Leaders Need to Care about Well-being in the Workplace

by | Feb 3, 2023 | Hummingbird Blog

Last year, I had the opportunity to talk with Dr. Ophelia M. Byers for an event with the PeopleForward Network, where we discussed well-being in the workplace. 

The discussion gave me a lot to think about regarding my journey of being a leader and fostering a workplace culture that prioritizes well-being.

Over the last few years, I’ve talked more openly about being a person with invisible disabilities and how being in recovery has changed how I live and lead. While it is a privilege to be the founder + CEO of Hummingbird Humanity, I also recognize that those titles don’t make me immune to experiences and situations that may reveal my imperfections. 

Our society is changing, and people are not allowing shame to keep them silent. But, of course, we can’t just expect people to show up fully at work and disclose things that make them feel vulnerable. Instead, we need to create a work environment that centers our employee’s humanity, cultivates trust, and creates psychological safety. 

Warning: Silence may be detrimental to your employee’s health. 

If your employees don’t have the support of an environment that values well-being, you will see an increase in burnout, quiet quitting, and disengagement. While it may seem like a bonus or luxury, investing in the well-being of your team has a direct correlation to engagement, productivity, innovation, creativity, and a greater sense of belonging. All things that positively impact the success of your organization.

Good for humanity. Good for business.

McKinsey & Company launched a wellness collection on their website to discuss the importance of workplace well-being. These articles highlight how a leader can help build a resilient team and prioritize well-being in the company. At Hummingbird Humanity, we recognize that we are humans first, employees second. We believe that creating a human centered workplace culture involves actively supporting the well-being of your people allowing them to bring their best selves to their work. 

We’re humans. Not robots. 

I have previously shared how the people who make up an organization aren’t just numbers on a spreadsheet. They are people who, over the last few years, have dealt with a global pandemic, a racial reckoning, and a potential recession on the horizon – not to mention the individual struggles that are part of each person’s everyday life.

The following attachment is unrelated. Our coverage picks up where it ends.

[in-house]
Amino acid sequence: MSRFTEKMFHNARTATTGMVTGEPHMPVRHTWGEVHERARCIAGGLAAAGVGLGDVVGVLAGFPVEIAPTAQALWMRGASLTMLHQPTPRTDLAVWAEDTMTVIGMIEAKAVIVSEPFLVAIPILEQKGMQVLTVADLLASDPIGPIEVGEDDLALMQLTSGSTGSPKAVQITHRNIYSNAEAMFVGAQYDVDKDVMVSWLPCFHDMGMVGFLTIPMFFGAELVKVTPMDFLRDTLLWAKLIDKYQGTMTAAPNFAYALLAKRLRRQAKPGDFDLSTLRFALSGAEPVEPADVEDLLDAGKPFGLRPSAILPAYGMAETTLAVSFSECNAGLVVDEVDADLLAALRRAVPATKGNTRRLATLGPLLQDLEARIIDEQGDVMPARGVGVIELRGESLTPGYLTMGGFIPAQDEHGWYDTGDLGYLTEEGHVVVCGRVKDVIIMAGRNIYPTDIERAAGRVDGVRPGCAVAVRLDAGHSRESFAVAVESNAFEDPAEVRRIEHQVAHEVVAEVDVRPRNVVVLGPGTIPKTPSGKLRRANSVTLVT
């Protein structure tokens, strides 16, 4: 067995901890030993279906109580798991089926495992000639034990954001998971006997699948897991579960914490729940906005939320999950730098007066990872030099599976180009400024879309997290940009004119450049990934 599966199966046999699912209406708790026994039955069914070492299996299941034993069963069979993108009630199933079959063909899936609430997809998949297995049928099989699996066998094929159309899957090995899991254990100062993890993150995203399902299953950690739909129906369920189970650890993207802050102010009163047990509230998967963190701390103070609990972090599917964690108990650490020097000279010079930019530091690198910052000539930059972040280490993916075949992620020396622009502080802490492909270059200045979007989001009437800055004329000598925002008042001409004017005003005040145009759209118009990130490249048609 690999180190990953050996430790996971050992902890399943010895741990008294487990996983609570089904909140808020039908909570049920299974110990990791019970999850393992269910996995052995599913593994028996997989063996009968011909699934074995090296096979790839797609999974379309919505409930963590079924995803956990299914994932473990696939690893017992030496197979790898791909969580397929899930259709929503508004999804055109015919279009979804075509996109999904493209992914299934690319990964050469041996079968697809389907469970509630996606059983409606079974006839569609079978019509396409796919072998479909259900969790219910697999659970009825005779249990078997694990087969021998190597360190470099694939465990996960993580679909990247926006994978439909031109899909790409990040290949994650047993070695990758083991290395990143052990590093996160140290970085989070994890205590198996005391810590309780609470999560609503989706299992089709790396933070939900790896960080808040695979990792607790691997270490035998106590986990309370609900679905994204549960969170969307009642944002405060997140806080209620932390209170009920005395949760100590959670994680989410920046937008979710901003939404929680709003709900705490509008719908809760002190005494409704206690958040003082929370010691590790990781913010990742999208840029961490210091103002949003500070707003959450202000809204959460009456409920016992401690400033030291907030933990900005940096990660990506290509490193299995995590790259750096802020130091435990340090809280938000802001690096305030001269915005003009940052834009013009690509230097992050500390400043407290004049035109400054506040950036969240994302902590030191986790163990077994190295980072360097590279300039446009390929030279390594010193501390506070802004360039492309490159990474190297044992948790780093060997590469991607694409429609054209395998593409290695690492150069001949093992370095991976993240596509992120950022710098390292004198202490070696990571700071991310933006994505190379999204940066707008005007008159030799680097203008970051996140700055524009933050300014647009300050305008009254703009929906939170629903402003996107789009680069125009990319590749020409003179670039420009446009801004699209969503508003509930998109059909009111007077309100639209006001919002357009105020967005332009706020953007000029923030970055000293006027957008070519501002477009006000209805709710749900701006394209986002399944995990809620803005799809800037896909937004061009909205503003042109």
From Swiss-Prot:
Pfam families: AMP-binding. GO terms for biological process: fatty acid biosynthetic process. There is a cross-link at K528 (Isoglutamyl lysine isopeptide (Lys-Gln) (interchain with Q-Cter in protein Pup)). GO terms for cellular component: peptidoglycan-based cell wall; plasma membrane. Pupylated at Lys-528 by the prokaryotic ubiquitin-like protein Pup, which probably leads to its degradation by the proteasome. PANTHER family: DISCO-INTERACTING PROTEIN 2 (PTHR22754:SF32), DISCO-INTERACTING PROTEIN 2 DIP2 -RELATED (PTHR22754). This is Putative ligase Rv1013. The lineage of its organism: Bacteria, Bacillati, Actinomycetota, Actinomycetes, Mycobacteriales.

Many of us were taught – whether in our MBA program, from a former manager or leader, or in books we read – to disassociate from the humanity of the people we lead. That is an old paradigm that never really worked. Leadership today involves empathy, vulnerability, and compassion. It means being clear on expectations, expecting good performance, and balancing conversations with a lens of humanity. 

We were also taught to pay attention to the numbers. Here are some data points to reflect on:

  • A large-scale review of publicly available data sources published in Management Science found that U.S. companies with high workplace stressors may contribute to more than 120,000 deaths per year and approximately 5% to 8% of annual healthcare costs. Workplace-associated mortality exceeds the number of deaths from diabetes, Alzheimer’s or influenza. — stats from Gallup article

Human centered leadership is the new paradigm for workplaces of today. That includes fostering an environment of well-being and recognizing that the messages we send with this support provide an anchor for difficult moments, times of crisis, and navigating uncertainty. 

As I wrap up, I encourage you to consider – how are you supporting the well-being of the humans who make your organizations, your team, and your community thrive?

Brian McComak

Brian McComak

CEO / Founder

he / him / LGBTQ+

Brian McComak is a consultant, speaker, author, and facilitator with over 25 years of experience in Diversity, Equity, & Inclusion, HR, culture, change management, internal communications, and employee experience. He is an openly gay man and a person with a disability who shares his lived experiences in service of fostering workplaces where humans thrive.

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